Internet activist Aaron Swartz took his own life one year ago today. He was 26 years old and facing federal hacking and fraud charges for downloading millions of academic articles using MIT’s network. Before his passing, he was on outspoken advocate for freedom of information and a founder of Demand Progress, the nonprofit that invigorated a successful grassroots effort to fight the Stop Online Piracy Act (SOPA) in 2012.
Swartz was, as WIRED’s Kevin Poulsen wrote a “coder with a conscience,” and in a clip premiering today on WIRED from director Brian Knappenberger’s forthcoming documentary The Internet’s Own Boy: The Story of Aaron Swartz, more than a few web visionaries remember him for the important work he did and the legacy he created.
“I think Aaron was trying to make the world work – he was trying to fix it,” says World Wide Web founder Tim Berners-Lee. “So he was a bit ahead of his time.” He’s later followed by Creative Commons founder Lawrence Lessig, who notes “he was just doing what he thought was right to produce a world that was better.”
Swartz’s fight for rights online has only been brought more intensely into focus in the year since his death, largely due to NSA whistleblower Edward Snowden. To see him talk about government spying in this documentary at a time before the Snowden leaks is especially chilling now. But thanks to Knappenberger’s documentary – and other actions being taken to remember the internet activist – the conversation he started can continue.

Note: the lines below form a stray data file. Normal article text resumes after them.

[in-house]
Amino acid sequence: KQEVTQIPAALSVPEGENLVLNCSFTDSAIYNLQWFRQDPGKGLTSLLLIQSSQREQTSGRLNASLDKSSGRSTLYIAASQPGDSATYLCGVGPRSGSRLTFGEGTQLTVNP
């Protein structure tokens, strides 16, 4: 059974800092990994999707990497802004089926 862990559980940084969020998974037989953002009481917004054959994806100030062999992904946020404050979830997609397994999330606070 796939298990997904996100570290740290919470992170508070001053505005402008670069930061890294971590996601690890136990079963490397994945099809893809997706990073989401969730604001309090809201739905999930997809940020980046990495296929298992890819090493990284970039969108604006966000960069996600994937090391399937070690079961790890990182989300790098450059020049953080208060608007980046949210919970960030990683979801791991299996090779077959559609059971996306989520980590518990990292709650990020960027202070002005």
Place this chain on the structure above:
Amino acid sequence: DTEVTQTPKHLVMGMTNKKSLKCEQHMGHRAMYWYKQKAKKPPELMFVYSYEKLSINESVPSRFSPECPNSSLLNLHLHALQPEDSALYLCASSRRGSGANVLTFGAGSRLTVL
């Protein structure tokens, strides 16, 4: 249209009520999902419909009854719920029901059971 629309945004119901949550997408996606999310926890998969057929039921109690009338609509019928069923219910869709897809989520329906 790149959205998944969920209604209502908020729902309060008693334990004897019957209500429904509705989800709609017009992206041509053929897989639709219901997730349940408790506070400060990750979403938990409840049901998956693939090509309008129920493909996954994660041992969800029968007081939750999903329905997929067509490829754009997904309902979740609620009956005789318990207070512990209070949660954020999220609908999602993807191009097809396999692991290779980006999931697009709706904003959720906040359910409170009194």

“Now we are all submerged in a massively networked world where every important part of our lives has an online component to it,” said Knappenberger, who managed to Kickstart and finish his documentary in just a year. “Geeks and hackers already knew this but, thanks to Edward Snowden, now everyone realizes it.”
Last week, I awoke to find Aaron with me. He was sitting next to my bed, grinning his cheekiest grin, holding my hand.
For a few minutes, I savored a sweet uncertainty: Were the last few weeks all a nightmare, and Aaron was still with me? Or was I awaking inside a dream state, and in the real…
Our beloved brother, son, friend, and partner Aaron Swartz hanged himself on Friday in his Brooklyn apartment. We are in shock, and have not yet come to terms with his passing.
Aaron’s insatiable curiosity, creativity, and brilliance; his reflexive empathy and capacity for selfless, boundless…
There is no way to express the sadness of this day. There will be many words, eventually, to express its anger. This story will infuriate you. For now, to the co-creator of RSS, of the Creative Commons architecture, of part of Reddit, and of endless love and inspiration and friendships, rest. We are all incredibly sorry to have let you down.